[asterisk-dev] Better pattern matching

Steve Murphy murf at parsetree.com
Wed Aug 1 17:08:25 CDT 2007

On Wed, 2007-08-01 at 14:53 -0500, John Lange wrote:
> On Wed, 2007-08-01 at 14:48 -0400, Jared Smith wrote:
> >  they're worried
> > that this will severely impact the time it takes for Asterisk to do
> > pattern matching.
> There is no reason why Asterisk can't continue to support it's existing
> system using the "_" (underscore) to indicate the old system and some
> other character (maybe enclose the regex in "/" like many other
> languages) to indicated the next expressions is a regex.
> That provides complete backwards compatibility, causes zero performance
> hit for anyone who doesn't need regex, and accomplishes the goal of
> better pattern matching.
> >  there's
> > even an RFC with a very complete pattern matching syntax defined (which
> > I can't find right now, of course).
> > 
> > Hopefully, one of the Asterisk developers will stumble across this post
> > and take pity on us and help us out!
> Personally I don't support writing a regex engine from scratch for
> implementation in Asterisk if that is what is required. I'm under the
> assumption (perhaps wrongly) that there is a regex library available in
> a suitable (BSD?) style license.
> This must be true since the various BSDs certainly have regex pattern
> matching and one of the posts in the archives mentions that very option.
> So if that's the case it should be fairly easily to add a call to a
> library function that returns true/false if a match is found?
> Briefly looking at the existing code I see this is already the way it
> works with the existing pattern matching. Mind you I'm not much of a C
> programmer so I could be out to lunch.
> John

I've written a report on the effects of the current algorithm on the
speed of
processing in Asterisk. See http://www.asterisk.org/node/112

On the graph, look at the green line at the bottom. That's the affect
the number of extensions in a context on the processing speed of
So, for as few as 100 extensions in a context, you suffer a degradation
80-90% in speed in the dialplan. A roughly 50% slowdown occurs with only
about 20 or 30 or so extensions in a context!

The reason for the slowdown is that the algorithm has to try every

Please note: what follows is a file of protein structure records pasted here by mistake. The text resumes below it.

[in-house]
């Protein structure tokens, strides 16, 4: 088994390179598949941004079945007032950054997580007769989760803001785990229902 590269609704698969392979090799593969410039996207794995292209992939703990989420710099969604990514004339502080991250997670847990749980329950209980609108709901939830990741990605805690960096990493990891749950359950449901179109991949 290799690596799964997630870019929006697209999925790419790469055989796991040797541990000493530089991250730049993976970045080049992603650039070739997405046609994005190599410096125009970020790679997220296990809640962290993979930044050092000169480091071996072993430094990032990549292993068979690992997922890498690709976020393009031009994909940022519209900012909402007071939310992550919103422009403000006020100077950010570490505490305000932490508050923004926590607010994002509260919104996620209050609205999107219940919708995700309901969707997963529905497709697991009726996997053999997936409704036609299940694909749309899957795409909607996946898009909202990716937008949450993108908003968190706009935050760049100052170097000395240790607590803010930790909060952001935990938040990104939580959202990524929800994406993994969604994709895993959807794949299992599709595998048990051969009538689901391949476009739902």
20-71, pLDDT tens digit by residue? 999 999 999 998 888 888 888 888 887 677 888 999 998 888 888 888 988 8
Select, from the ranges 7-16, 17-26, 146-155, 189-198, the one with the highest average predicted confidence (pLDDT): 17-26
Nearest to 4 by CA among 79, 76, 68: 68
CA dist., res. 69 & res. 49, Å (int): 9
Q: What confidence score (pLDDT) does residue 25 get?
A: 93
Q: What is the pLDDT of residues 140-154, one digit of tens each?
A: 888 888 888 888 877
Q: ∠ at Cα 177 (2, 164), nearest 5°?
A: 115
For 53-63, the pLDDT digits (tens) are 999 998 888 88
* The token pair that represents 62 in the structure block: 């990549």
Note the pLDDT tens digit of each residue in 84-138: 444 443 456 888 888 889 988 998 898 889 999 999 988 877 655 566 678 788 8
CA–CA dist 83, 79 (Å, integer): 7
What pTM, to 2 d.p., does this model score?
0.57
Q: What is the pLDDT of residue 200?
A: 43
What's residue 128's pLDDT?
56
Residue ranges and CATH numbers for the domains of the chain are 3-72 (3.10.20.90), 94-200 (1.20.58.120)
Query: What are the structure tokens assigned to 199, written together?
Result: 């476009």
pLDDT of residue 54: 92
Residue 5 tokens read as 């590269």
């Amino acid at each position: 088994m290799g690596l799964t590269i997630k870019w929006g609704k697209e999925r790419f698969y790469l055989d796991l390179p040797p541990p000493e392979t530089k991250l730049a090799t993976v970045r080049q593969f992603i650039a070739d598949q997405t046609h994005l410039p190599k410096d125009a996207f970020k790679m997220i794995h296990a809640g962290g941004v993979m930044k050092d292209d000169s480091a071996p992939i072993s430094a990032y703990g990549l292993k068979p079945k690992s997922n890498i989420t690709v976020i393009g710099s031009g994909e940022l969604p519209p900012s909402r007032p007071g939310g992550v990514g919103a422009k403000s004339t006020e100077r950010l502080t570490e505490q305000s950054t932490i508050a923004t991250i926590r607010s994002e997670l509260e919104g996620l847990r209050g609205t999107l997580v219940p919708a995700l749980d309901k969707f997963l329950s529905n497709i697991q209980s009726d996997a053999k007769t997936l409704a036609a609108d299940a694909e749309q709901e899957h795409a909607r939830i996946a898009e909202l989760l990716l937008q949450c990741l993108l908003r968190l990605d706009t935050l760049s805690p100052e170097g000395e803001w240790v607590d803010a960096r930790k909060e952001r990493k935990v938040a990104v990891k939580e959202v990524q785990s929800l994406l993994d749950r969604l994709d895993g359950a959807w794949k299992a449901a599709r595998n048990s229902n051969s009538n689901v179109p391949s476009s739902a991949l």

pattern, and see which is best. Throwing a regular expression parser
into the mix will slow it down even harder. And, no matter what regex
parser you use, you'll have to beef it up to provide some metric of
"closest", so you can make a decision on which pattern is the 'best

In order to speed up the algorithm, and  make response more flat in
asterisk, no matter the size or composition of the dialplan, I resorted
to using hash tables
for priorities and context names, but the extension matching I handled
by moving to a special tree structure, where all the patterns are
embedded in that tree. The traversal algorithm follows all possible
paths to their leaves, and then chooses the highest (or is it the
lowest? I can't remember) score to determine the 'best match'. It's
response time is relatively flat for even 1000 extensions
in a context, which is expected, because this pattern matching algorithm
is more a function of the length of the patterns than how many patterns
there are.

To add regex's to the mix, will require nothing less than somehow
gutting the flex (or even lex) program for what it's doing-- returning
the best match from a set of regex's. The state machine, the character
classes, etc. I might be able to carve out a tree representation, but
general regex's can include variable lengths, etc, and these are better
represented with a state machine for traversal, than a tree.

Again, while it might be possible to use re's instead of the simple
syntax we have now, you can pretty much write off that you will ever
optimize it, and Asterisk will be chained forever to an n-squared loss
of productivity when large dialplans are used. That algorithm, repeated
every time a step is taken in the dialplan, will eat up tremendous
numbers of cpu cycles and make Asterisk a slow beast under large loads.

(BTW, realtime users with large dialplans are even worse off-- every
in a context must be fetched from the DB to find the best match, which
gets slow quickly!).

We might be able to extend the current algorithm to handle a few more
simple cases without resorting to such huge machinery. We shall see.


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